Tests and procedures
Used to help diagnose epilepsy by recording the electrical activity in the brain. The EEG is a non-invasive procedure that means it does not cut the skin or enter any internal space of the body. It is a very safe and pain-free test.
There are several different types of EEG tests that may be required to detect seizures and diagnose the specific type of epilepsy a person may have. The different types of EEG are described below.
A routine EEG uses small recording contacts (i.e., ‘electrodes’) that are placed onto the scalp with paste. It is these contacts that detect and record the electrical activity in the brain. This information is then transferred to a computer and later interpreted by a scientist and a neurologist. During the test, the patient will be asked to lie still for 20 minutes while the brain activity is recorded. The patient may also be asked to breathe deeply for 3 minutes and/or may be shown a flashing light. The whole procedure takes about 60 minutes after including placement of the recording contacts, recording and removal of the contacts.
Sleep deprived EEG
A sleep deprived EEG is very similar to a routine EEG except that patient is asked to stay awake for the previous night before the test. The reason for this is that some of the changes associated with epilepsy are more easily observed when sleep deprived. The patient will attend for the EEG that will be carried out in the same way as the routine EEG described above. A period of sleep is usually achieved during which time the brain activity is recorded.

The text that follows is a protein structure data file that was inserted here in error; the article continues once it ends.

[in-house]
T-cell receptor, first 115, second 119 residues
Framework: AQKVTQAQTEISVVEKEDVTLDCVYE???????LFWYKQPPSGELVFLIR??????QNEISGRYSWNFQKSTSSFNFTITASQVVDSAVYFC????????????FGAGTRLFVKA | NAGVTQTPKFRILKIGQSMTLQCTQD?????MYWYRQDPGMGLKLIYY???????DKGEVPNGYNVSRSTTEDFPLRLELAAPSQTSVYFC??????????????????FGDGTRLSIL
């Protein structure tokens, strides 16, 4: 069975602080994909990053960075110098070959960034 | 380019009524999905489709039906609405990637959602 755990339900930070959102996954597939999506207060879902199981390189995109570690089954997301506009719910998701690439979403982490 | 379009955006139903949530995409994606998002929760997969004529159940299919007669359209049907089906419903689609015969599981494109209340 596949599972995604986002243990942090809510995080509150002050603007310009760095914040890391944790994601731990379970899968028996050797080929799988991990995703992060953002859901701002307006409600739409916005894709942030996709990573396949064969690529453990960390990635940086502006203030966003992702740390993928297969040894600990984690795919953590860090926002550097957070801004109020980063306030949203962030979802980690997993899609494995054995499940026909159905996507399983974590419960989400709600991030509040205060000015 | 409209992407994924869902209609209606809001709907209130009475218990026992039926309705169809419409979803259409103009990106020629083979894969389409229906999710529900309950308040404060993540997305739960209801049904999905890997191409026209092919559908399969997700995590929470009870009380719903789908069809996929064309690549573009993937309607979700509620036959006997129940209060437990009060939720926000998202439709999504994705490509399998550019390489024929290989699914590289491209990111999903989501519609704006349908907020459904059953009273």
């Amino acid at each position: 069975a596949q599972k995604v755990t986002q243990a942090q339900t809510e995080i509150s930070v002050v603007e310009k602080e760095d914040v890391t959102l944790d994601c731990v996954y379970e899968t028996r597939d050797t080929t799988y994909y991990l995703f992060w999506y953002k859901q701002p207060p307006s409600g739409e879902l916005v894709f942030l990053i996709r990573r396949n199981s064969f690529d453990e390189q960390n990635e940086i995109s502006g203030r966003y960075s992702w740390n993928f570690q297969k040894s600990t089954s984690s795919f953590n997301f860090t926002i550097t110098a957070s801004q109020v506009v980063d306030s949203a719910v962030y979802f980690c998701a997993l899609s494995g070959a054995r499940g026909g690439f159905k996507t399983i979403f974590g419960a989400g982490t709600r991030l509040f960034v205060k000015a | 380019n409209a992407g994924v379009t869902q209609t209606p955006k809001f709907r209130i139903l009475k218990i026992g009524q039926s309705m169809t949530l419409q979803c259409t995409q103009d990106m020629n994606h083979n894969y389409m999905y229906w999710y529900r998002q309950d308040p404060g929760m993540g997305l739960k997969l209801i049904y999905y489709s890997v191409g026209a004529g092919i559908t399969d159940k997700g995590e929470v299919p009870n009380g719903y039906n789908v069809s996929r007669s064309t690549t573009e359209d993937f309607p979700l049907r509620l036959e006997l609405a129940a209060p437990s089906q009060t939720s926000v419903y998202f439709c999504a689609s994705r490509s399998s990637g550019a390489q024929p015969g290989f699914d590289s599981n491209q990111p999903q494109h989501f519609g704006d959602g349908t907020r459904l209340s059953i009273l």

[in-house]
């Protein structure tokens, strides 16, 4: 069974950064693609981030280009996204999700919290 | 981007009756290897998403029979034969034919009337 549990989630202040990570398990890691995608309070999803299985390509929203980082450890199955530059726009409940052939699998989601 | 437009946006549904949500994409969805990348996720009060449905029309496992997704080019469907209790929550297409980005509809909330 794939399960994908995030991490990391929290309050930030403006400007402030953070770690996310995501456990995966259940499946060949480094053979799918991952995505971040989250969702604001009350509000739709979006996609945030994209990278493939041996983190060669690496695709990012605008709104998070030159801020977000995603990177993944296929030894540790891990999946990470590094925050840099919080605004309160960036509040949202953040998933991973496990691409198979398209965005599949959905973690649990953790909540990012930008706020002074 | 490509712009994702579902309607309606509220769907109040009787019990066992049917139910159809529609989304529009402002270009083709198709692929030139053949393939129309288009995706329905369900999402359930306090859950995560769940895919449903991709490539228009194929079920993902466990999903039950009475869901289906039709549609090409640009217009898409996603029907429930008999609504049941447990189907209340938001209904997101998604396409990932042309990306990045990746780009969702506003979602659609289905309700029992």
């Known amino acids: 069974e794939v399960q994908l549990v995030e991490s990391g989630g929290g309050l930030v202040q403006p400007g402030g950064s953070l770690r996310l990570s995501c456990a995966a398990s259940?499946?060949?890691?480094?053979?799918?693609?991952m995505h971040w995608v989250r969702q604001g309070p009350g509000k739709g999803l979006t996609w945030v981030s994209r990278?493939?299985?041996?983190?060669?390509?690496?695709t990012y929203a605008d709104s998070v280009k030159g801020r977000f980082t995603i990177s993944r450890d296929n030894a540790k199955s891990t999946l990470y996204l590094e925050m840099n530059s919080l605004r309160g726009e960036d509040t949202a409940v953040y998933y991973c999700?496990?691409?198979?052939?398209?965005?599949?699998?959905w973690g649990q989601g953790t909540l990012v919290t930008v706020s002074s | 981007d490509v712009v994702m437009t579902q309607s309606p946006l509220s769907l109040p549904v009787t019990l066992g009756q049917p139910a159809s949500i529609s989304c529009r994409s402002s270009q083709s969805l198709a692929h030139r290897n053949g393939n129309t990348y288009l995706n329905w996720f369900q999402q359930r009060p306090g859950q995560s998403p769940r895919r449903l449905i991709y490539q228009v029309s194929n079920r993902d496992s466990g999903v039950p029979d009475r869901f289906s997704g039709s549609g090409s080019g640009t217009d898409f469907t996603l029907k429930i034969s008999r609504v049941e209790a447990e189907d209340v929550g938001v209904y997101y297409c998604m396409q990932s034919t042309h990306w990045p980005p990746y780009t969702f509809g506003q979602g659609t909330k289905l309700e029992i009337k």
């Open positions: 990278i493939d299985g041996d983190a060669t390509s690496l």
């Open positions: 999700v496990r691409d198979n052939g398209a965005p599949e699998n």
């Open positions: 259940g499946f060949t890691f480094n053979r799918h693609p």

An ambulatory EEG is considered a longer-term recording. The small EEG recording contacts are attached to the scalp using a medical adhesive and the patient is sent home with a small recording device. Brain activity is continually monitored until the next day. During this time the patient is asked to record any typical events on a diary sheet at home and in some cases to press a button when they experience their typical symptoms. The next day the patient returns to RBWH to have the recording contacts and device removed.
Video EEG Monitoring Admission
Video EEG monitoring is another type of long-term recording however it requires patients to be admitted to hospital for up to two weeks in a private room with bathroom facilities. The aim is to record a number of typical seizures on EEG and at the same time video record what happens during a seizure. This helps the treating neurologists to better understand the type/s of seizures that may be occurring and in some cases to locate where in the brain the seizures begin. Sometimes during this admission other tests are also performed (e.g., SPECT).
As with other types of EEG, the video-EEG monitoring requires that recording contacts be attached to the scalp using a medical adhesive. The video-EEG monitoring admission is a big commitment as patients are unable to leave the bed (except for bathroom visits) for the period of monitoring. Before the video EEG admission is booked all patients will receive some additional information from the Epilepsy Nursing team regarding this investigation.
Invasive EEG Monitoring
These advanced tests may be considered in the context of an ongoing evaluation for epilepsy surgery. They aim clarify the exact location where the seizures begin in the brain. This is a major surgical procedure where electrodes are placed on or within the brain. After placement of the electrodes a further period of video-EEG monitoring will then be required. If this investigation is required, the patients treating doctors will discuss the procedure at length. The patient will be able to ask any questions and take time to decide if they wish to proceed.
Imaging Used to Diagnose Epilepsy
MRI (Magnetic Resonance Imaging)